ICRC survey: persons who have experienced war most value laws regulating armed conflict

logo-1People who’ve actually experienced war place greater value on regulating warfare than those who haven’t.

That appears to be one thought-provoking takeaway from People on War: Perspectives from 16 Countries, a report that the International Committee of the Red Cross released this morning.

More than 17,000 persons – in Afghanistan, China, Colombia, France, Iraq, Israel, Nigeria, Palestine, Russia, South Sudan, Switzerland, Syria (that is, Syrians in Lebanon), Ukraine, the United Kingdom, the United States, and Yemen – were surveyed between June and September countries2016, “through online, face-to-face and computer-assisted telephone interviews.”

Time and again, persons in conflict-ridden countries showed more support for international humanitarian law:

► Of them, 84% agreed that it was wrong, and not “just part of war,” to “attac[k] religious and historical monuments in order to weaken the enemy” – compared with 72% in other states.

► And 73% in conflict states agreed that it was wrong, and not “just part of war,” to injure or kill humanitarian aid workers delivering aid in conflict zones – compared with 59% in other states.

Also notable were the variation in views on torture:

► Fully 100% in Yemen said torture is wrong and not “part of war.” Percentages dropped from there. Fewer than half the persons interviewed in Israel and Palestine said “wrong”; respectively, 44% and 35%.

► As for the United States, 54% called torture “wrong.” But when the question shifted somewhat – to whether “a captured enemy combatant” can “be tortured to obtain important military information” – the percentage of persons in the United States calling that wrong dropped to 30%, the 3d lowest among countries surveyed.

The survey presented the ICRC with an opportunity to reiterate the existence and importance of laws intended to protect civilians, persons no longer engaging in combat, and persons whom conflict has put to flight. These are issues we explored in our September 23 Georgia Law-ICRC event, “Humanity’s Common Heritage: Conference on the 2016 ICRC Commentary on the 1st Geneva Convention” (posts). On the matter of torture, for example, the report states:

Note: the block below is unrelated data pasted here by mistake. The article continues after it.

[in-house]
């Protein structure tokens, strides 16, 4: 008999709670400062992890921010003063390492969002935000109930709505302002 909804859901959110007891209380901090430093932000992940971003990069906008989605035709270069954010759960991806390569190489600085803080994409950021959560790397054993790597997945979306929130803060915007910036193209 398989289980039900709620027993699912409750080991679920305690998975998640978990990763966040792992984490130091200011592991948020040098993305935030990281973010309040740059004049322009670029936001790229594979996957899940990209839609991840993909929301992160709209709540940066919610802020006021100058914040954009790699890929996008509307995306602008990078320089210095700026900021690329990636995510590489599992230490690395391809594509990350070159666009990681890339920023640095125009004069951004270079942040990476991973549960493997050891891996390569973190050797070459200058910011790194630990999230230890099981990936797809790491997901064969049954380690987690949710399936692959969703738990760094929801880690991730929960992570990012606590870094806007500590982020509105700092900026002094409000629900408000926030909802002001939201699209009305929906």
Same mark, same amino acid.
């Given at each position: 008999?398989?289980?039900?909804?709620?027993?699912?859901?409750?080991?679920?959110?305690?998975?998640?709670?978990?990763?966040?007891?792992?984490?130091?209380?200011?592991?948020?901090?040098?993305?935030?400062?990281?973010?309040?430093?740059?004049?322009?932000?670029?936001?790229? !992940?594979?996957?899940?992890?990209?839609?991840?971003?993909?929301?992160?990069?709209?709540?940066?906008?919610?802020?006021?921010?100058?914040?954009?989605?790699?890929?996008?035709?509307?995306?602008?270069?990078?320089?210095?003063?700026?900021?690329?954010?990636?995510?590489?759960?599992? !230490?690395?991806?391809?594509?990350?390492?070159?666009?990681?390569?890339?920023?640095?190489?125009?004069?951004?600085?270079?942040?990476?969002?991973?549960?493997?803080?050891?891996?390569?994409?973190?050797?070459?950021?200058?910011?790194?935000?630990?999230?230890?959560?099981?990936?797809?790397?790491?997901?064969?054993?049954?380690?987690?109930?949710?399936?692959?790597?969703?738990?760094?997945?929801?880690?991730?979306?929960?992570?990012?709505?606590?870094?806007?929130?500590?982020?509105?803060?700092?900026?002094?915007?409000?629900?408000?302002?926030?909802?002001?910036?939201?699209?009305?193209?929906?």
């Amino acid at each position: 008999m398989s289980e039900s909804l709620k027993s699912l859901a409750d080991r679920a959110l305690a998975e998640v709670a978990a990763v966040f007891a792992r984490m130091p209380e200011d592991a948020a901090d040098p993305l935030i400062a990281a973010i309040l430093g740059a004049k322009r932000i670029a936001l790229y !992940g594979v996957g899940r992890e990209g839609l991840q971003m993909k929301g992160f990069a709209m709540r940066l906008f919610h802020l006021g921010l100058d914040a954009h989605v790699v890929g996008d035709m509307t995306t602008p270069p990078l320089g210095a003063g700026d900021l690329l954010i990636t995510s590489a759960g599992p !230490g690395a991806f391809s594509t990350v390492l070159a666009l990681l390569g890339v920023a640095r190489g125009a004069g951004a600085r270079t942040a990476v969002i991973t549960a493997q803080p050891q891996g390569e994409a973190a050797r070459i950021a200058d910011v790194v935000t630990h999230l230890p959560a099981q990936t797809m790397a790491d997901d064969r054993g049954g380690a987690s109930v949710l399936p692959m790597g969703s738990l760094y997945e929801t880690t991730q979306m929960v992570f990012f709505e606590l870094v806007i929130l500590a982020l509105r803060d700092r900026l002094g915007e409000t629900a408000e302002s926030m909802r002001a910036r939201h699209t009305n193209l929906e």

“Torture and all other forms of ill-treatment are absolutely prohibited by international treaty and customary law. This applies to every State and to all parties to armed conflicts. There are no exceptions, whatever the circumstances. Whole communities are impacted by the corrosive effects of torture on society, especially when it goes unpunished, generating hatred and triggering a cycle of violence. What’s more, research shows that torture does not work, as the ‘information’ that is obtained is generally not reliable.”

The full report is available here.

Briefing: Torture & children deprived of liberty

mendezAll who care about children and international law will want to register for “Torture of Children Deprived of Liberty: Avenues for Advocacy,” “a global online briefing” to be hosted at 12 noon Eastern Standard Time next Tuesday, May 5, by the Anti-Torture Initiative of the D.C.-based Center for Human Rights & Humanitarian Law, American University Washington College of Law.

Panelists will include:

Juan E. Méndez, American University law professor, U.N. Special Rapporteur on Torture, and author of the 2015 thematic report on children deprive of liberty, which will form the core of the discussion (credit for photo of Méndez delivering this report to the U.N. Human Rights Council last month)

Jo Becker, Advocacy Director, Children’s Rights Division, Human Rights Watch

Ian M. Kysel, Dash/Muse Fellow and Adjunct Professor of Law, Georgetown Law Human Rights Institute

► Dr. Benyam Dawit Mezmur, Vice Chairperson of the U.N. Committee on the Rights of the Child and of the African Committee on the Rights and Welfare of the Child, as well as  a law professor at the University of Western Cape in South Africa, and Addis Ababa University in Ethiopia

Registration and further information here.

Human-rights-driven judicial decree may alter solitary imprisonment in Palau

800px-Koror_JailWhile most of us Stateside were making ready for last week’s Thanksgiving holiday, an overseas American was issuing a remarkable ruling against solitary confinement conditions in the South Pacific island Republic of Palau.

The November 25 order captioned In the Matter of McClain Angelino for a Writ of Habeas Corpus granted the sought-after writ. What is more, the ruling, by Associate Justice Ashby Pate, condemned the entire solitary confinement system in Palau’s Koror Jail. (photo credit) The order concluded:

‘Although the Court recognizes that its particular jurisdiction here is confined within the four corners of this particular Petitioner’s Emergency Application for Writ of Habeas Corpus, the Court strongly urges and recommends the Director of the Bureau of Public Safety, the Warden of the Koror Jail, and all those acting on their behalf, to immediately CEASE AND DESIST from the use of the solitary confinement quarters FOR ANY REASON, until such time as the facility is equipped to be operated in a humane and constitutional fashion and reviewed by a competent constitutional authority….’

Palau was a U.S. trustee state in the post-World War II period. Since achieving independence in the mid-1990s, the Republic of Palau has maintained 1 U.S. appointee among the 4 members of its the Palau Supreme Court. Pate has served in that capacity for about 2 years; I met when he spoke here at Georgia Law shortly before leaving his law practice in Birmingham, Alabama, to take up the post.